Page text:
Of the 18 participants, there are 153 relationships that range from a sibling pair to 13th cousins, twice removed. Relationships of 12th cousin and beyond are estimated due to onomastic evidence linking the two families to a common source born in the latter half of the 15th century; the closest possible relationship is used for the estimates; the relationships should be no further than two additional generations than our estimation.  

The first documented use of the surname in the region dates to 1452. Big Y participants from both families share A10206 and 14 additional phylogenetic SNPs. The Sherburn family (including its Cobourg and Ganton subsets) all share BY31751, while the Thornholme family members share the A15739 SNP. 


In analyzing the matches of 18 matching FTDNA Y-STR participants in the Owston/Ouston DNA study, 100% of the men who tested at 67 markers matched at least one individual who was not found in their 37-marker match list. The numbers ranged from one to six non-matching individuals at 37 markers with the average being 3.77.  The percentage of non-matches at 37 within the 67-marker match list ranged from 3.6% to 35.3% of their total 67-marker matches.  An average of 14.1% of their 67-marker matches were absent from their 37-marker match list.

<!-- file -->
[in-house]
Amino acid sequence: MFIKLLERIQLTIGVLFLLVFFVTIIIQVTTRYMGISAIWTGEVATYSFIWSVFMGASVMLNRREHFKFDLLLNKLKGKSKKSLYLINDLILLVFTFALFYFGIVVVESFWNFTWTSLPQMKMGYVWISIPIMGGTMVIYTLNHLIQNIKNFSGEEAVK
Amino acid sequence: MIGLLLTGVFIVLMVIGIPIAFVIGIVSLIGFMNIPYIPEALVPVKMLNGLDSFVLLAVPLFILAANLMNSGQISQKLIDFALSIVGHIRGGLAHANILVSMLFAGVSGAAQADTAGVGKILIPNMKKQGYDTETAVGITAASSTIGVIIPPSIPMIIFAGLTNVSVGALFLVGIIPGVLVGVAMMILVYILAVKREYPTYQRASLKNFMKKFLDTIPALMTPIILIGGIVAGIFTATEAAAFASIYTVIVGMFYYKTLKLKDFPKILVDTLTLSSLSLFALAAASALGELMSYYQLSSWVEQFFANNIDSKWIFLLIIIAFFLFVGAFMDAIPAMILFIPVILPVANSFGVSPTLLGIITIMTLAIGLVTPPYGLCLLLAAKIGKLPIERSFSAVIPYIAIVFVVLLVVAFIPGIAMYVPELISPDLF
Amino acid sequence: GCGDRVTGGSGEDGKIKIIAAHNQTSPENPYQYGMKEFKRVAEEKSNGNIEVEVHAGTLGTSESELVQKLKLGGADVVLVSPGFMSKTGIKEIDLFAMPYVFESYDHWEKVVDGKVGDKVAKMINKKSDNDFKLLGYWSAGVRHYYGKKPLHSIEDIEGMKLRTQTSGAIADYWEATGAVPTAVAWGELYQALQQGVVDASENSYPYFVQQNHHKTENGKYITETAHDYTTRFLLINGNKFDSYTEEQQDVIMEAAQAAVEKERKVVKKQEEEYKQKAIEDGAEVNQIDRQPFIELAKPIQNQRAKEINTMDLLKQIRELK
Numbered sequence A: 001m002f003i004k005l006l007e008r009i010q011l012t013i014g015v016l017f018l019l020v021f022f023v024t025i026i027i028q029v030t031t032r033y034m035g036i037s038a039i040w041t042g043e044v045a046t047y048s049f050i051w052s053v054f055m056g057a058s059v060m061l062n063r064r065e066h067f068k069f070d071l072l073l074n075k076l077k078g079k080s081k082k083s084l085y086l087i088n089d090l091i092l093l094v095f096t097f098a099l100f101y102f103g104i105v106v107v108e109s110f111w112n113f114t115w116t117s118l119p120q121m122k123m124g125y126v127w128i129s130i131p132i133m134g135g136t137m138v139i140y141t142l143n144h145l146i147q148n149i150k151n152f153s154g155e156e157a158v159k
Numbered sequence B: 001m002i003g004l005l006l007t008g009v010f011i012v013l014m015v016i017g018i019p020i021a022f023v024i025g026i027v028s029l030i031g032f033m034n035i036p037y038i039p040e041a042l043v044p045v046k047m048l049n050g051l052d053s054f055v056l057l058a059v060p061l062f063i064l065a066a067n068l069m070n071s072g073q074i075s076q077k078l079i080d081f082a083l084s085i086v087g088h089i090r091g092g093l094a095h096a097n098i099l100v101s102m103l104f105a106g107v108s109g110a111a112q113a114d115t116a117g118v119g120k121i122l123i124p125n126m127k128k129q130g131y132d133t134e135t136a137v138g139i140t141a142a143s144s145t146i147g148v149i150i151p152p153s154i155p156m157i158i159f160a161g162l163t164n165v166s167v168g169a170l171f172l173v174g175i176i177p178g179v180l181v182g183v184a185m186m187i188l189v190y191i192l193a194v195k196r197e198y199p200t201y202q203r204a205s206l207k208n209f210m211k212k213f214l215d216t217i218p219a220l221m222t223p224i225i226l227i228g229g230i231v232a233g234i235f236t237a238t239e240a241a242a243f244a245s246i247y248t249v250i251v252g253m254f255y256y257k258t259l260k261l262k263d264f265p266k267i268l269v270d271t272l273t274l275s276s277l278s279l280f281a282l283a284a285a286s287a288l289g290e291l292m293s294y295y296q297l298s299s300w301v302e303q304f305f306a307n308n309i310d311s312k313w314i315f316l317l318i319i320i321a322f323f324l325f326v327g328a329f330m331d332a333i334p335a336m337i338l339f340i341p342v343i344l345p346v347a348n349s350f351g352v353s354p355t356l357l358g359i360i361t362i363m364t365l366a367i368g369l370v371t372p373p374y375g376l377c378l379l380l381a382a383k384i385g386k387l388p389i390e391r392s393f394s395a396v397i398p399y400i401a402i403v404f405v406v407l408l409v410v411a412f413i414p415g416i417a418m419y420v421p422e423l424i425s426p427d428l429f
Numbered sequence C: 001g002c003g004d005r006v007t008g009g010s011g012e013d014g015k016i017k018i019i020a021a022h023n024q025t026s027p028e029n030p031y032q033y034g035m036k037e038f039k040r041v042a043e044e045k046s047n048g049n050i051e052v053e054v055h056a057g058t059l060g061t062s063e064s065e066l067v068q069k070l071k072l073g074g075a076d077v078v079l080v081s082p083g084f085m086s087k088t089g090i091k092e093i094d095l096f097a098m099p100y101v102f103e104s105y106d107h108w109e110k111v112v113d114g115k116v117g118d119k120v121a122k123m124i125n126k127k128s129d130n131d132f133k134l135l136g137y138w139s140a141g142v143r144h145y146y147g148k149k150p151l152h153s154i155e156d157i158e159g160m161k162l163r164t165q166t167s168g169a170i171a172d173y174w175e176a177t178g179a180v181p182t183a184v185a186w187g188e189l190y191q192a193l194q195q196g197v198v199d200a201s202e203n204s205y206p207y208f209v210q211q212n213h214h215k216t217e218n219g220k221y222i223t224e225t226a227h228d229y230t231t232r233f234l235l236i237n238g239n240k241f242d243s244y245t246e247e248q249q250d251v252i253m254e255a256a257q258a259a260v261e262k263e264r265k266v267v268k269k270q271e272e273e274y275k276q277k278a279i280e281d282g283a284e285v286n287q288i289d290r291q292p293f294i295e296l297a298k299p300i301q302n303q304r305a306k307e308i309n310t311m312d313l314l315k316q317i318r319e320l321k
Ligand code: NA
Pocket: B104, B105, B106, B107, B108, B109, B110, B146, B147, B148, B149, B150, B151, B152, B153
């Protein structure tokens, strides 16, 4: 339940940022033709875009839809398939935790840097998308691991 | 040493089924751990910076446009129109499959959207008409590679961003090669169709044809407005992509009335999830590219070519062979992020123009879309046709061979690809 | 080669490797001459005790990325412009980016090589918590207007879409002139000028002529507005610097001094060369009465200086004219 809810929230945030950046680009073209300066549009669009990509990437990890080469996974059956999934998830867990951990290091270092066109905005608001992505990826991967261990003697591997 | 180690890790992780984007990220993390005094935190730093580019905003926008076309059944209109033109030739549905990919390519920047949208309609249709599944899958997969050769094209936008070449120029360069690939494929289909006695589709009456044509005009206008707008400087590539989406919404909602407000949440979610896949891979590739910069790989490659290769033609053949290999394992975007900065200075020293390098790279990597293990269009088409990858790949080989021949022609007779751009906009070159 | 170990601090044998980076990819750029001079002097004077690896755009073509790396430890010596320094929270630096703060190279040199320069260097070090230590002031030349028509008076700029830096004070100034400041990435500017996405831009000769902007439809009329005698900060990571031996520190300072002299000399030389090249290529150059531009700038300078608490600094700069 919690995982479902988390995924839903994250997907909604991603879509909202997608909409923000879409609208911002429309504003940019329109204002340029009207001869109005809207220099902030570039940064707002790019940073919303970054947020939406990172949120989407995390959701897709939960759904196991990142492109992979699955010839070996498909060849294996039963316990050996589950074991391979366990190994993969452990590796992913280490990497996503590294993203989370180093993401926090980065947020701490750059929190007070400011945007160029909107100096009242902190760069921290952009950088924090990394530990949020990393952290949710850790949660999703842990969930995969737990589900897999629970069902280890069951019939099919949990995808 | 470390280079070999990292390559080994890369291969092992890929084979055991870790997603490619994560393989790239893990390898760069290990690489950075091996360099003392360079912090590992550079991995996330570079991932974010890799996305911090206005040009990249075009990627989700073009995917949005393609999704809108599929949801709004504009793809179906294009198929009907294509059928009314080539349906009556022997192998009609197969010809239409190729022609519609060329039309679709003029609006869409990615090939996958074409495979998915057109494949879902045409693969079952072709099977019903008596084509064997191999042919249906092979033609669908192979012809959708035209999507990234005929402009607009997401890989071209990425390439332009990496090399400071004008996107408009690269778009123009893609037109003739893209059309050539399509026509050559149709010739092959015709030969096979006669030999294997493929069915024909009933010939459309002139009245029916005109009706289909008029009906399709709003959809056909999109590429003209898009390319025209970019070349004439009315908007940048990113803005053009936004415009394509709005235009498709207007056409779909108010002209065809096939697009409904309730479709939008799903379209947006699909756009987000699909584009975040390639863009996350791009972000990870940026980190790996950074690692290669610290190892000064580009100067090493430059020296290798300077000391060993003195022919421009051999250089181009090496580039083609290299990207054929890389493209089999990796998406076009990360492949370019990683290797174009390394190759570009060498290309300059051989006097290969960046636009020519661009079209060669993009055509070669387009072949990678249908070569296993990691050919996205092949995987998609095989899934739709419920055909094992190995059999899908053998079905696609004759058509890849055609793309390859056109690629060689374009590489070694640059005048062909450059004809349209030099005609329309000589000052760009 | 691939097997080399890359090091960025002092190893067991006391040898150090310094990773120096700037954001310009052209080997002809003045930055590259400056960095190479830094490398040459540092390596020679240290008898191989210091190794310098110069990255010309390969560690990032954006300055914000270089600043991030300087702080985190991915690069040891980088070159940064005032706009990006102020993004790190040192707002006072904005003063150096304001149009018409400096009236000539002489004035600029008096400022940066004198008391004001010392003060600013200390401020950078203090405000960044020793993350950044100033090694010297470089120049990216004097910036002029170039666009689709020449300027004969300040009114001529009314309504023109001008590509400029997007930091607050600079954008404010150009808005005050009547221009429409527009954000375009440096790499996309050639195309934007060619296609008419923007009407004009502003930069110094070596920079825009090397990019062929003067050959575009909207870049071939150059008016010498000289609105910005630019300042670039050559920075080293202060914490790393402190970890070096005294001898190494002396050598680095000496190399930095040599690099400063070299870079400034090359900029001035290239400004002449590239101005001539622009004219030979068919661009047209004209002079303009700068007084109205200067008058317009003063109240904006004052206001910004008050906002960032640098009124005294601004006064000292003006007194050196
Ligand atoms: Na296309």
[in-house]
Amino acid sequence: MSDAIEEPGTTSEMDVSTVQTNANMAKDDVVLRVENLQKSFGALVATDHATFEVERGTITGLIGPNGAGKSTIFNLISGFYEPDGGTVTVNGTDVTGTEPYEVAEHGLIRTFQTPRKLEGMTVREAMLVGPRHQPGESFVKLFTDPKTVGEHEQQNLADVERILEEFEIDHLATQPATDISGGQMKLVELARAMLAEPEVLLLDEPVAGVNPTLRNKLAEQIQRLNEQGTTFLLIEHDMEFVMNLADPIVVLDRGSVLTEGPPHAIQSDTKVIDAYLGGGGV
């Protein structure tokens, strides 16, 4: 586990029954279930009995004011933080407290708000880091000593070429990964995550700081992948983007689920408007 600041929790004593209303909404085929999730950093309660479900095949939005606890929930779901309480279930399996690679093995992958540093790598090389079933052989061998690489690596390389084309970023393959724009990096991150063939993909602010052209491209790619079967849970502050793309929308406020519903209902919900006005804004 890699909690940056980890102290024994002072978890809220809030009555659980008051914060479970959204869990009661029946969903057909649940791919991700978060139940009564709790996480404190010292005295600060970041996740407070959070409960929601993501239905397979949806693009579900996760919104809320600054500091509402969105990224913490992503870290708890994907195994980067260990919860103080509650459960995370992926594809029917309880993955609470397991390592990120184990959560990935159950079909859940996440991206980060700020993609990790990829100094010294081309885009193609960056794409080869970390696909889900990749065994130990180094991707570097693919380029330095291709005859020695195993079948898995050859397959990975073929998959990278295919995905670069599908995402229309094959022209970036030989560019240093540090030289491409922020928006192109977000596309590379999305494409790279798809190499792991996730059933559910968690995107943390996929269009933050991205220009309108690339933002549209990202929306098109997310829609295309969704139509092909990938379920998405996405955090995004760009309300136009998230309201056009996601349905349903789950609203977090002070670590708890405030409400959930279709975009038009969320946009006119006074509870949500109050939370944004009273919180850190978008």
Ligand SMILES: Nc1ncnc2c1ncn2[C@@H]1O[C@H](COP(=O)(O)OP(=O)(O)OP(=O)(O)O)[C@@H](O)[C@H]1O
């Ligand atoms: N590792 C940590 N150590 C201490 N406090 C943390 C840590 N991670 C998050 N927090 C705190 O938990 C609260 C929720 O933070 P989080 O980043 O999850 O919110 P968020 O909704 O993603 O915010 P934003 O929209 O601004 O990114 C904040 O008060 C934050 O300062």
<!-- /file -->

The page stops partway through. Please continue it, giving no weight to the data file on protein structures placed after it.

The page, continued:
The following table shows the total matches at 67 markers and the number of these matches that are missing from their 37-marker list. A percentage of the whole is also provided. 


Eight of our 18 participants (44.4%) had non-matches with a family member at 37 markers.  This is a significant number and can be greatly attributed to a person’s genetic distance from the family modal haplotype. Even a genetic distance of 1 when paired with a genetic distance of 4 will produce an absence of a match at 37 markers.  This is a factor that could be extremely important to genetic genealogists, as there may be a matching family member at 67 markers that does not show in the participant’s list at 37. 

The following table provides an analysis of missing family members at 37 markers.  In order to understand this phenomenon, the participant’s genetic distance from the surname model haplotype is listed.  Each person should have 17 matching family members at 37 markers; however, eight individuals are missing one or several matches to family members they match at 67 markers.